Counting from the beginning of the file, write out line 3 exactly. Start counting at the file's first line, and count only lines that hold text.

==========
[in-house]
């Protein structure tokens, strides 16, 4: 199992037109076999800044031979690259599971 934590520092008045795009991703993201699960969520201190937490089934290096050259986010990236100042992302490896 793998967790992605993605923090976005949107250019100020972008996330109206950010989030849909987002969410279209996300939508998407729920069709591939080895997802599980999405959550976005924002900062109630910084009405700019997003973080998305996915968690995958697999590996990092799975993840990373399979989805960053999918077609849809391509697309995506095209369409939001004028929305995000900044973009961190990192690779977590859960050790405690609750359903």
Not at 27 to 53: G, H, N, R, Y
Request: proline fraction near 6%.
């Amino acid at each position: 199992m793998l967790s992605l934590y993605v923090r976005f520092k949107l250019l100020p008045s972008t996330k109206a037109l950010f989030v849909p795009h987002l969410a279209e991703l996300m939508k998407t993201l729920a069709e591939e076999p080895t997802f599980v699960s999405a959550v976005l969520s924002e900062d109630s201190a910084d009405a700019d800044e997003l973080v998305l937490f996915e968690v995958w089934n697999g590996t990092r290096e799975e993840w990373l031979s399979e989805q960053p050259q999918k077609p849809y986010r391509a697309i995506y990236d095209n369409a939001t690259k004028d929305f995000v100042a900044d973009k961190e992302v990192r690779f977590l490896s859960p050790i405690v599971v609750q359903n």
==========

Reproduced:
Not at 27 to 53: G, H, N, R, Y